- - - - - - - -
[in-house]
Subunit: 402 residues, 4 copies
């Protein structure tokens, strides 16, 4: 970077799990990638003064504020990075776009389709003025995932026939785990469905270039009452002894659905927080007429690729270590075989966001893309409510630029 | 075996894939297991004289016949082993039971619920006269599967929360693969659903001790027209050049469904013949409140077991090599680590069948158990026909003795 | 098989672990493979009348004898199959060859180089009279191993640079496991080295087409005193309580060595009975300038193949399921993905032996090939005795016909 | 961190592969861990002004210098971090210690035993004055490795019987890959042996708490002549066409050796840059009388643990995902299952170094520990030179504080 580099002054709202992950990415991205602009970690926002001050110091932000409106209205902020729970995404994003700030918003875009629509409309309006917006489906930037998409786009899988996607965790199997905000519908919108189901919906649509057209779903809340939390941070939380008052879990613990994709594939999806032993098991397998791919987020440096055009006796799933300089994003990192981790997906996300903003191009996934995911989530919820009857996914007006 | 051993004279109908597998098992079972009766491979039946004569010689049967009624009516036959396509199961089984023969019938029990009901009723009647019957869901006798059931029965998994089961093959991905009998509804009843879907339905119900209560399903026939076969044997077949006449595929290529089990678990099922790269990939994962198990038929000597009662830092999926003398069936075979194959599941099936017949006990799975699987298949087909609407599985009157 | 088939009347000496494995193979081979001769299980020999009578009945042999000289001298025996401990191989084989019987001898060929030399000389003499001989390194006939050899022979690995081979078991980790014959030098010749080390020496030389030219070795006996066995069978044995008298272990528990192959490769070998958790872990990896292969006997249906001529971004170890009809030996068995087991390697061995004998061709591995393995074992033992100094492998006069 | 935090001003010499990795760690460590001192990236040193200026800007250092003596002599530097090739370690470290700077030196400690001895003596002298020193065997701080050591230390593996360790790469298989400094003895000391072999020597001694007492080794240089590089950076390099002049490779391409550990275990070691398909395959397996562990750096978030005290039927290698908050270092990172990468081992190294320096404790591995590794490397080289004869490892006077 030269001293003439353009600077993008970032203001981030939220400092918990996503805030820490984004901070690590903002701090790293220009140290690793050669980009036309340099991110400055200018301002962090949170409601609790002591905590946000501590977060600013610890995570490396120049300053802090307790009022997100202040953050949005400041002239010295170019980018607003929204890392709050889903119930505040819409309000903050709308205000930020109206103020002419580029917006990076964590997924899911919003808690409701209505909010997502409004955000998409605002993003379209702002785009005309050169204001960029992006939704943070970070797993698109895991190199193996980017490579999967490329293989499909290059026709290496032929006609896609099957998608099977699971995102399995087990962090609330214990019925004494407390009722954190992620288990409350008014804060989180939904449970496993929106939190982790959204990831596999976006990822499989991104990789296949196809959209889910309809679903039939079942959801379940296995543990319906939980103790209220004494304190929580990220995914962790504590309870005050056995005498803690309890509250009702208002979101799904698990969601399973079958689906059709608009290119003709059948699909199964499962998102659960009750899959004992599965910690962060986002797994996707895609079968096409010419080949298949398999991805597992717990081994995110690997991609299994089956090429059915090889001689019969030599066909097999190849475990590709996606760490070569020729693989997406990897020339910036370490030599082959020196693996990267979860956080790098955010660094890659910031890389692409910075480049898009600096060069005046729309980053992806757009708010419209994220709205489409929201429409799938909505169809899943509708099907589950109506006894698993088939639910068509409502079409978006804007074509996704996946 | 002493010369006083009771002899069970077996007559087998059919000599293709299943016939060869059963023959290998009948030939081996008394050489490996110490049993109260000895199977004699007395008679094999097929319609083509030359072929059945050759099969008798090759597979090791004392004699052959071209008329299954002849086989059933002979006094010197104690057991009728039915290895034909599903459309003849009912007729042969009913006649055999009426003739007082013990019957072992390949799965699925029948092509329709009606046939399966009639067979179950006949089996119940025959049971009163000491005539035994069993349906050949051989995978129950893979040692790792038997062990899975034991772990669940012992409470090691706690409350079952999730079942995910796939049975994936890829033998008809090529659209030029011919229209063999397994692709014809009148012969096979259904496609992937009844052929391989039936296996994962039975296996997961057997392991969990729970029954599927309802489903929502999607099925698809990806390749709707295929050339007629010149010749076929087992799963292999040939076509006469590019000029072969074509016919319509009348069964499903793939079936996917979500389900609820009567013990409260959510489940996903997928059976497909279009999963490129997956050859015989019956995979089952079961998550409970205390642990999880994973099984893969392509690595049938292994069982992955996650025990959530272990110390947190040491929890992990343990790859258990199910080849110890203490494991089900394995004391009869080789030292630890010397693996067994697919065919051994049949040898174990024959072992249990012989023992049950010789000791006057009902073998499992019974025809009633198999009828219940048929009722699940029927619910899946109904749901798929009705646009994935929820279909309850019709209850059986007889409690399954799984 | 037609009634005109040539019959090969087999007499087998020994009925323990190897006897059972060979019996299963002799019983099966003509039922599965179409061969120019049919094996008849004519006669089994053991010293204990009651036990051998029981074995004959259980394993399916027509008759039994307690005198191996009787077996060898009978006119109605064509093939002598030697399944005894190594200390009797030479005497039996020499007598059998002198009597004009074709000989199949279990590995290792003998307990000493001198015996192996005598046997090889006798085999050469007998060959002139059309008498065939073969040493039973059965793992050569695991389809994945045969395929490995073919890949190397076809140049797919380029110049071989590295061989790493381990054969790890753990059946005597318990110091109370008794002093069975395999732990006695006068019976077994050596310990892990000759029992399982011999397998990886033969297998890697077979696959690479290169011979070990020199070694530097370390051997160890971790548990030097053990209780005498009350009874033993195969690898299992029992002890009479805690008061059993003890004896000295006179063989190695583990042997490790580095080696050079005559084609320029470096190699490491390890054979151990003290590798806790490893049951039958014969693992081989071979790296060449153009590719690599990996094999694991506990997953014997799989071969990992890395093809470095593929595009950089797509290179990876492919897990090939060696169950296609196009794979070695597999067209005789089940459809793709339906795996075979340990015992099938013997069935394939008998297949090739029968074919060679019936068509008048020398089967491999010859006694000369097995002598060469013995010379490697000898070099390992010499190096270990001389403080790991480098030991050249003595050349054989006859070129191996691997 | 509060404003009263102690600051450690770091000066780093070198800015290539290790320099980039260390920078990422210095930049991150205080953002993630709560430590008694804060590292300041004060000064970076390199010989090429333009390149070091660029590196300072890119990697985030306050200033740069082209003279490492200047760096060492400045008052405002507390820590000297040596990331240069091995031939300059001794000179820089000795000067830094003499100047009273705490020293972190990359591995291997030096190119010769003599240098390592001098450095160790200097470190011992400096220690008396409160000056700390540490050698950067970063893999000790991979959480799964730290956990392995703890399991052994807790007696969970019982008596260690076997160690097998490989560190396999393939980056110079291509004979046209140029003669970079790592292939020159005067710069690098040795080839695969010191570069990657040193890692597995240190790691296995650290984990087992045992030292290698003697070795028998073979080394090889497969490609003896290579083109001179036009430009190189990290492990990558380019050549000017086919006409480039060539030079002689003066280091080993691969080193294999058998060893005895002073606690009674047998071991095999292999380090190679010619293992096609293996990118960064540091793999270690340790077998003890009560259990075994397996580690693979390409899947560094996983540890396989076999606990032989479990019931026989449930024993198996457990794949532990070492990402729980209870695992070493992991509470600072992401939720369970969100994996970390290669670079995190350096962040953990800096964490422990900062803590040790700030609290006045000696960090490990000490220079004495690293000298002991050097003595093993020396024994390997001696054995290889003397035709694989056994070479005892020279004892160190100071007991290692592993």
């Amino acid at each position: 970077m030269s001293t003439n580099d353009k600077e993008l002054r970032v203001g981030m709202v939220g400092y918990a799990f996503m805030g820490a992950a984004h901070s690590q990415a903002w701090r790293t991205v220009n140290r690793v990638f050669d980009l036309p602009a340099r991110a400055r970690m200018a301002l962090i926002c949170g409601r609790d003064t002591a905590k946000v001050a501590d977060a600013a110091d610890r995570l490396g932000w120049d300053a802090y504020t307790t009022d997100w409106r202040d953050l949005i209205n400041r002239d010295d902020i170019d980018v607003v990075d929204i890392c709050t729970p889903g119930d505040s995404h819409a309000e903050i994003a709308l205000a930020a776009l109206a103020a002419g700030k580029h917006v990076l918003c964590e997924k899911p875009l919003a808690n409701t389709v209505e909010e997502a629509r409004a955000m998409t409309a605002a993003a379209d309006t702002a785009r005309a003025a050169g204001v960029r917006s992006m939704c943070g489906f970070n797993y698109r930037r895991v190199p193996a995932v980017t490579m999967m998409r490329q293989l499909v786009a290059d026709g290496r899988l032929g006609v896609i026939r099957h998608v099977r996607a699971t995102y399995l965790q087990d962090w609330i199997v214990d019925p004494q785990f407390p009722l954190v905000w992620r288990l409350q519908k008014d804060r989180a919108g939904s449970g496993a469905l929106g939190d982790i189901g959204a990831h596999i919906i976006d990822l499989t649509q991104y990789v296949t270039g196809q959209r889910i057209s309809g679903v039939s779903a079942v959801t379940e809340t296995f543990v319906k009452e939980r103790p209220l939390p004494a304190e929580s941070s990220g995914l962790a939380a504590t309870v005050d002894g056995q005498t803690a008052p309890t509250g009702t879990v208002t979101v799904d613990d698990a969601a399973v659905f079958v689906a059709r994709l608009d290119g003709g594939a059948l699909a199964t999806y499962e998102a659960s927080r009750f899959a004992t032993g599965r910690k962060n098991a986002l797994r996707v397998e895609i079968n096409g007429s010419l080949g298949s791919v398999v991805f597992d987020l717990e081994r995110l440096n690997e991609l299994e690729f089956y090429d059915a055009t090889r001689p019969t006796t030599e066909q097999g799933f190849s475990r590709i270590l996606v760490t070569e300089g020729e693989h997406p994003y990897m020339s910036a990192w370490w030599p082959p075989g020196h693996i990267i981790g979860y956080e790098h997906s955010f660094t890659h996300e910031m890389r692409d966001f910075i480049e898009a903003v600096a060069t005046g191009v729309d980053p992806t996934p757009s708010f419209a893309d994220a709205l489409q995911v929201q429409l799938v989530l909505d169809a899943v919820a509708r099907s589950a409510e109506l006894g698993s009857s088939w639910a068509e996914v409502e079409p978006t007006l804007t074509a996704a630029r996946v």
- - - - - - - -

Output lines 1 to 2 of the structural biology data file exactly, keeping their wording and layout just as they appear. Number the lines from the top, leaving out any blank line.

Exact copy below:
[in-house]
Subunit: 402 residues, 4 copies